Daisy and Bertie, Update April 2013
If you’ve read the other articles written by Pat Debley on here about Daisy and Bertie, you’ll know how important her dogs are to her. Pat and a good friend of hers have busy recently knitting and selling scarves which you can see on another page on this website, in aid of Lafora research in Canada and the Dachshund Breed Council’s Health Fund. She’s sold via her local vet, on this website, through the Dachshund Forum and various other social networking sties. The middle of Pat’s three dogs was diagnosed with Lafora several years ago and Pat has worked hard to keep the impact of the condition to a minimum, although she has had to live with seeing her dog gradually deteriorating, and she and her husband have to plan with military precision every time they leave the house Daisy is now upset by any change to routine. In the last couple of months Pat had two very bad pieces of news and below, she has written a moving update:
Living with Lafora – Daisy and Bertie: Latest news April 2013
I am writing this latest update with a very heavy heart. Since I last wrote two years ago, Daisy’s condition slowly deteriorated and with the advice of Doctor Clare Rusbridge, Daisy began taking chemical medication in addition to the homeopathic ones she had been prescribed. Thankfully the drug seems to suit her and I am pleased to say that she has responded well and has not had a grand mal seizure since March 2012.
However, in September 2012 she had to undergo a routine dental and unfortunately, due to several unplanned circumstances, did not come out of the procedure at all well. In fact, immediately after the dental, she did not know me at all and had several petit mal seizures during the following 4 days. She sat in our sitting room staring into space and looked as though she were a stuffed toy dog. I did not begin to get ‘my Daisy’ back until the fifth day. As I write I can honestly say that she is not quite the same little dog as she was before the dental but has improved considerably and that is some consolation. She is showing signs of ataxia now but copes well. When Daisy saw Dr Rusbridge in December last, she felt she was doing quite well.
The devastating news I have to tell you is that Daisy’s son Bertie, who was tested two years ago and confirmed as ‘affected’ had his first grand mal seizure on 14th March. It was a very serious fit. He had shown the first signs of Lafora the week before Christmas when he began myoclonus jerking. Although I had known that this scenario was likely but I had hoped and prayed that he would only show mild symptoms of the disease and be spared the seizures.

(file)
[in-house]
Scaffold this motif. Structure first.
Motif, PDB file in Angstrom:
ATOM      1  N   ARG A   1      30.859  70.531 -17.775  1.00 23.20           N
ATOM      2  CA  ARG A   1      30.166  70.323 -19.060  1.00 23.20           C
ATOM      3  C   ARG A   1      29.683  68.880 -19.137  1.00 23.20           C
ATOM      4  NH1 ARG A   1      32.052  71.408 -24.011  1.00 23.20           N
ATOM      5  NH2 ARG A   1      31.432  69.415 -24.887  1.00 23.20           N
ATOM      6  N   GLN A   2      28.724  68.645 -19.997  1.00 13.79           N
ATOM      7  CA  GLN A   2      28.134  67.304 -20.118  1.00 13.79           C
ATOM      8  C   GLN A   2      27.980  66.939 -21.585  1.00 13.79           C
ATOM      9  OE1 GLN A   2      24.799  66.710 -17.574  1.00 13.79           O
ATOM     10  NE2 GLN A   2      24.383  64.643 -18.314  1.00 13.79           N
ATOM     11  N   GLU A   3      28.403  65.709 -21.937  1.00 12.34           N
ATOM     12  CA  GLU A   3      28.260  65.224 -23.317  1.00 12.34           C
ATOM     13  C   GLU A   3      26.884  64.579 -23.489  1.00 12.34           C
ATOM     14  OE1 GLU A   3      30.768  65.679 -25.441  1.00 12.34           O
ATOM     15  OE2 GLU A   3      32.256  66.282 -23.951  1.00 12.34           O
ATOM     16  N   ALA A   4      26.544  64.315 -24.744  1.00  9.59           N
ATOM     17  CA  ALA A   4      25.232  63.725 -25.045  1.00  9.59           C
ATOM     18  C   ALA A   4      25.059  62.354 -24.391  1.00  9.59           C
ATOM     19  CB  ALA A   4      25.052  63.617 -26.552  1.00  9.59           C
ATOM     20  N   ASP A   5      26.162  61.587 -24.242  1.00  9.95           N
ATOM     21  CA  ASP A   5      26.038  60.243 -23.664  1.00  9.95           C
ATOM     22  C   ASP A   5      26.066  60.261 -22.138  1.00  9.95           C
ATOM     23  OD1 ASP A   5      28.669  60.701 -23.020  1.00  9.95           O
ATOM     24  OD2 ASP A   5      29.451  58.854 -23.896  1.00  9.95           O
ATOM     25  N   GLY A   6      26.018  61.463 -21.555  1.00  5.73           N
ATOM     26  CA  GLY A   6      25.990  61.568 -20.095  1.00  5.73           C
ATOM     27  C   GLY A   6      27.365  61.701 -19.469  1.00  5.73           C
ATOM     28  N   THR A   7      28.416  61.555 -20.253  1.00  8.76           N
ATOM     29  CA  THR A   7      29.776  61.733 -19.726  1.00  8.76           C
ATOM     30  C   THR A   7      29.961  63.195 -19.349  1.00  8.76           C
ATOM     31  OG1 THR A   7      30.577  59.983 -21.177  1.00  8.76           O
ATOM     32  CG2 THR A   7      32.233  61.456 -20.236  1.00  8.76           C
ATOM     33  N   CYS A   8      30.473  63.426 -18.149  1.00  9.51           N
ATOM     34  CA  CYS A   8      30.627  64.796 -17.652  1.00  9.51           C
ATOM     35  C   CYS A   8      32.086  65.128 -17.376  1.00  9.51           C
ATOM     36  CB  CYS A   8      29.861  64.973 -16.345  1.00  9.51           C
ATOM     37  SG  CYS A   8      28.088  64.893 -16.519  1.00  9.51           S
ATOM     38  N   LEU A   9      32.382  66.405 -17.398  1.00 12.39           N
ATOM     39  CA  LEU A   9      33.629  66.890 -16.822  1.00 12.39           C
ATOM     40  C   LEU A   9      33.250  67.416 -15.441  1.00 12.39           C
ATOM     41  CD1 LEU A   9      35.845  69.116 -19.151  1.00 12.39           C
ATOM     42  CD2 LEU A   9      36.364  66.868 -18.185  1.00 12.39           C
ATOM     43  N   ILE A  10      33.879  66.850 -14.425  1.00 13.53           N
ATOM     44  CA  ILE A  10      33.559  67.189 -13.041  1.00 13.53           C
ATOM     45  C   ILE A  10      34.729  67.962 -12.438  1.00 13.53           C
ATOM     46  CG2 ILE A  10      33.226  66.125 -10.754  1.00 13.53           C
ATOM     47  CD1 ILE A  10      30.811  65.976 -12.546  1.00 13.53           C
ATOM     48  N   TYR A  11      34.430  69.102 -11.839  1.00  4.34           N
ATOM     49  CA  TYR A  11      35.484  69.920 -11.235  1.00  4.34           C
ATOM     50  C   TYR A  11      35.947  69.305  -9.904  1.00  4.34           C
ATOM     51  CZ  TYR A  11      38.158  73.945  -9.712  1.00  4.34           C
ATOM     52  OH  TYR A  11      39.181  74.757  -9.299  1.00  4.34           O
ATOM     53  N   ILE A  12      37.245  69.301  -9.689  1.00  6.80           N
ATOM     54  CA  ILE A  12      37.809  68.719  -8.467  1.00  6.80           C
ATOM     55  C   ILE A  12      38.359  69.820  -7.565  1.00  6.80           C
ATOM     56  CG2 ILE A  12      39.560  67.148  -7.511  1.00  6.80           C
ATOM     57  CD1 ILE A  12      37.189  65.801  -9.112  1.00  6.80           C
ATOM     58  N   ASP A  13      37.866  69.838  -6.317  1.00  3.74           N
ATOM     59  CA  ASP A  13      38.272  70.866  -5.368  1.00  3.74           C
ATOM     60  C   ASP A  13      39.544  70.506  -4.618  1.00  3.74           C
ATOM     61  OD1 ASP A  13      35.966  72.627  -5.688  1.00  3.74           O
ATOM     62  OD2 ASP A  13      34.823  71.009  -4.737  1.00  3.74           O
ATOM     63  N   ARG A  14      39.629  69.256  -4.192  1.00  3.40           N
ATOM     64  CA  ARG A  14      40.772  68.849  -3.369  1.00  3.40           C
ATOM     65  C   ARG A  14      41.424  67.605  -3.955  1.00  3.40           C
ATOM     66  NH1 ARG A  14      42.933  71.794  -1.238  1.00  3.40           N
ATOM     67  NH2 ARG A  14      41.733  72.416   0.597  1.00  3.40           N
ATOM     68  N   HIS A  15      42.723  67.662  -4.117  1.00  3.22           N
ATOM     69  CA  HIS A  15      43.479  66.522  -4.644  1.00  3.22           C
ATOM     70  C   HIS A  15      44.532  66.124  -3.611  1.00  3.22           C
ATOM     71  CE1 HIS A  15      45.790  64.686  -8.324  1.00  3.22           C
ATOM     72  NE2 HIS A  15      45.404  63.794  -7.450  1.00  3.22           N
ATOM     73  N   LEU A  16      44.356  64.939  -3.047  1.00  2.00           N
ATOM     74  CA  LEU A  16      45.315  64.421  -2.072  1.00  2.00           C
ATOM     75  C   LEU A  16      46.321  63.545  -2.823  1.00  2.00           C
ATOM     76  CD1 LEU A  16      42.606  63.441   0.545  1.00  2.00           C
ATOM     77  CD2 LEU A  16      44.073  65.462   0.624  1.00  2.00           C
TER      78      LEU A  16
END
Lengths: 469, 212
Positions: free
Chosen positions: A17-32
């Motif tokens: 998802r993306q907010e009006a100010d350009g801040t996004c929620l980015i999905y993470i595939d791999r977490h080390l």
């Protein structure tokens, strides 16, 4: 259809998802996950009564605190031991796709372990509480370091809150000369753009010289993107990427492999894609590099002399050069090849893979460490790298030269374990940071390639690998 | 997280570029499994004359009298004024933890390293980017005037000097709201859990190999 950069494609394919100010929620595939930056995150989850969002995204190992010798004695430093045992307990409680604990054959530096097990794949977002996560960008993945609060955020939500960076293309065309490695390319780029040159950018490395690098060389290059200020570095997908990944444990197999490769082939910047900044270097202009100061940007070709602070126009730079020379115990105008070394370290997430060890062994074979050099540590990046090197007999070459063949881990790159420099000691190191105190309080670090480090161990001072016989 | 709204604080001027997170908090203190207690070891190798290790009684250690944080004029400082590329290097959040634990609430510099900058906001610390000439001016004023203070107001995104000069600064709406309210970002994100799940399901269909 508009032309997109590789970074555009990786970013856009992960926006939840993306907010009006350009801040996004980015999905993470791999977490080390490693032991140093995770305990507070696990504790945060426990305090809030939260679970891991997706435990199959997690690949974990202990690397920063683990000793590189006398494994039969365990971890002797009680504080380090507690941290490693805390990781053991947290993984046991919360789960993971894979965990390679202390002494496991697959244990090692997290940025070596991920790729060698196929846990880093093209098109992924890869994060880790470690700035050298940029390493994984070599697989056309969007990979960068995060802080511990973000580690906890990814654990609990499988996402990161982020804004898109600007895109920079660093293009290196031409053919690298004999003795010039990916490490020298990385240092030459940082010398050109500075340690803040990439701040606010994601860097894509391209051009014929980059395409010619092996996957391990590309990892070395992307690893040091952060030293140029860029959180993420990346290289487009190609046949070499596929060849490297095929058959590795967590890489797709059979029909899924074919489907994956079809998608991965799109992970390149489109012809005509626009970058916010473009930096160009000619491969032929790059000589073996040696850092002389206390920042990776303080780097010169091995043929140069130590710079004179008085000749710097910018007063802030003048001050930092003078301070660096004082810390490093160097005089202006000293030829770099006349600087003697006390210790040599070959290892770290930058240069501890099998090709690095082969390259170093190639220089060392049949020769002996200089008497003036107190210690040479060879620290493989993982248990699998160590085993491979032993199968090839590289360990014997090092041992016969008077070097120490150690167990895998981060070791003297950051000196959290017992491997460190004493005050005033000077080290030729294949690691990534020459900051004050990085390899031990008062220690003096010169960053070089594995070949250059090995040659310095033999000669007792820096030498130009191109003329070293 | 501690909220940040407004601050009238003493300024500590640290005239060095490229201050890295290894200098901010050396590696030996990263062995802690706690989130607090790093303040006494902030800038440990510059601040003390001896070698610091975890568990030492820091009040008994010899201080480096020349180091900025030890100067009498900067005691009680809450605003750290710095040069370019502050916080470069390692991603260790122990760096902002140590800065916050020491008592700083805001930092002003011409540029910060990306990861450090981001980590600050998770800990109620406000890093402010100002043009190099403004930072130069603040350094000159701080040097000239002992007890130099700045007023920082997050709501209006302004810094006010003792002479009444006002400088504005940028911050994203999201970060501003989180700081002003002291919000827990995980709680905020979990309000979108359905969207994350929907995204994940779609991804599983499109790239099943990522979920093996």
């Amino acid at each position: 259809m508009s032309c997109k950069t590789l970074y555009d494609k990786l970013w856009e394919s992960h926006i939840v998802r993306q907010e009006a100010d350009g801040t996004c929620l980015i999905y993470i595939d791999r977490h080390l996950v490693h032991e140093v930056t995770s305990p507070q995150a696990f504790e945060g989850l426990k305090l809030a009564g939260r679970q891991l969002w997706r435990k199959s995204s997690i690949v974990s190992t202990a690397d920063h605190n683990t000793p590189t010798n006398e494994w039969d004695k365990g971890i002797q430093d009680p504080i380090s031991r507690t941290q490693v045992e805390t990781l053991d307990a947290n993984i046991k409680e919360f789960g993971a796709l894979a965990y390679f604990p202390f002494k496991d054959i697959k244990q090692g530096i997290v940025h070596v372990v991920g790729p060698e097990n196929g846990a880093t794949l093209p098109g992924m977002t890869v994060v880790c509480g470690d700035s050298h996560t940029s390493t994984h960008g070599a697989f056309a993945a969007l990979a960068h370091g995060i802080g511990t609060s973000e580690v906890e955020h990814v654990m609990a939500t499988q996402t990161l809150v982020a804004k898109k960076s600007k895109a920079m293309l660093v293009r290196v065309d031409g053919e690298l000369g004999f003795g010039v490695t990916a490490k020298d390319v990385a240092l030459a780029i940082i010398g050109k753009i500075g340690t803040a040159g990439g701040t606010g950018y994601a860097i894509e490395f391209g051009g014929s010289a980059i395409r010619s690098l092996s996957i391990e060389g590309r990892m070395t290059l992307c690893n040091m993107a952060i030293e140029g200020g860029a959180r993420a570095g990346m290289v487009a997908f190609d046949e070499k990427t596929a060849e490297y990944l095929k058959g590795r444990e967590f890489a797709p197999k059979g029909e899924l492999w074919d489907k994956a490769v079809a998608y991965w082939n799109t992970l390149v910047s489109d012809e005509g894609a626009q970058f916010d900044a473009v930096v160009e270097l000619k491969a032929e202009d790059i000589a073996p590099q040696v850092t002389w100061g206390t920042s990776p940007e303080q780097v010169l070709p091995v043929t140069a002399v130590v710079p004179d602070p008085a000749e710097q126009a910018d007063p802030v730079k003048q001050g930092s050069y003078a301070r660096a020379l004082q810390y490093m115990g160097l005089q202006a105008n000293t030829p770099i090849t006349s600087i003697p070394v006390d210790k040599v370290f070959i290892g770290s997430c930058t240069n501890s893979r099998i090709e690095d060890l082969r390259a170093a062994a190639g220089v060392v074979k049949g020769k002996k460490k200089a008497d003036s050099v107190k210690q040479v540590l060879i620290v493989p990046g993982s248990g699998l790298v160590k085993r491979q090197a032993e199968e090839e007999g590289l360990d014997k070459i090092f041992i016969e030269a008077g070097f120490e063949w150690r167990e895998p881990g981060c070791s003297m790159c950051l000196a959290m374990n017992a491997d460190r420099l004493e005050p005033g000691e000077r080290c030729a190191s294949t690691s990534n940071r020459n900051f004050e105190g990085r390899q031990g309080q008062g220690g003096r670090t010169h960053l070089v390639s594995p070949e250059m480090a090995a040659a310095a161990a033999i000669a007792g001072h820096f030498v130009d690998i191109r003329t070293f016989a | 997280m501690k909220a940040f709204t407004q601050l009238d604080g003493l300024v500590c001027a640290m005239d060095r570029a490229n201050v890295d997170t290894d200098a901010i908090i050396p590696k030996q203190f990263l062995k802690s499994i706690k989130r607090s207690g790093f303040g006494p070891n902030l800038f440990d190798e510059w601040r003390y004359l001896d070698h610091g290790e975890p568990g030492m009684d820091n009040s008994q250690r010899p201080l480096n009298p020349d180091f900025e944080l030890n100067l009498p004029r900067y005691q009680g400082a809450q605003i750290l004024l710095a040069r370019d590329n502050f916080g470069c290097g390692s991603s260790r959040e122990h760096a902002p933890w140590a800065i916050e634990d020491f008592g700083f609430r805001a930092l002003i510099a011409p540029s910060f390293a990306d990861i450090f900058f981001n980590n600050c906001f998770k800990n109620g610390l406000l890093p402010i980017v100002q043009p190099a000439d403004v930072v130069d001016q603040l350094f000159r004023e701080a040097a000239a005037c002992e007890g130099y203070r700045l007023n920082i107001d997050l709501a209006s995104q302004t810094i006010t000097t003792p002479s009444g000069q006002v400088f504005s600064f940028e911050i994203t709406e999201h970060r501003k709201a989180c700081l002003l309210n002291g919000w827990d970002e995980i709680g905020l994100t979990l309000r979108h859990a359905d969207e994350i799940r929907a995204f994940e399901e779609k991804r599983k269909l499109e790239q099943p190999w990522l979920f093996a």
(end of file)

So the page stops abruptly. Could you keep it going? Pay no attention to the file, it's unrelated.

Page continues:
When Daisy was first diagnosed, I kept my spirits going by hoping that within a few years, some medication might become available to at least halt the progress of Lafora, if not cure it. Sadly no such treatment is as yet forthcoming. I now have two dogs with the disease and that is hard to come to terms with. I lost my only non Lafora wire in February this year aged just under 16 years old.
Daisy and Bertie both have reasonably happy little lives, and of course, being dogs, accept what happens to them without worrying. I do all the worrying for them.The work that the Dachshund Breed Council is doing regarding Lafora’s disease is highly praiseworthy, but even when a fully guaranteed test for affected, clear and carrier dogs becomes available, they will still need the co-operation of breeders to eventually eradicate Lafora, and I feel sure the majority will have their breeding dogs tested because they would not want to perpetrate this devastating disease in the litters they produce.
Not only has Lafora made a tremendous difference to the lives of Daisy and now to Bertie, but the impact on the life my husband and I lead is incalculable. We both accept it because not only do we love our dogs, but dogs in general.
I send my warmest wishes to the owners of all mini-wires, but especially to those who own and care for Lafora dogs.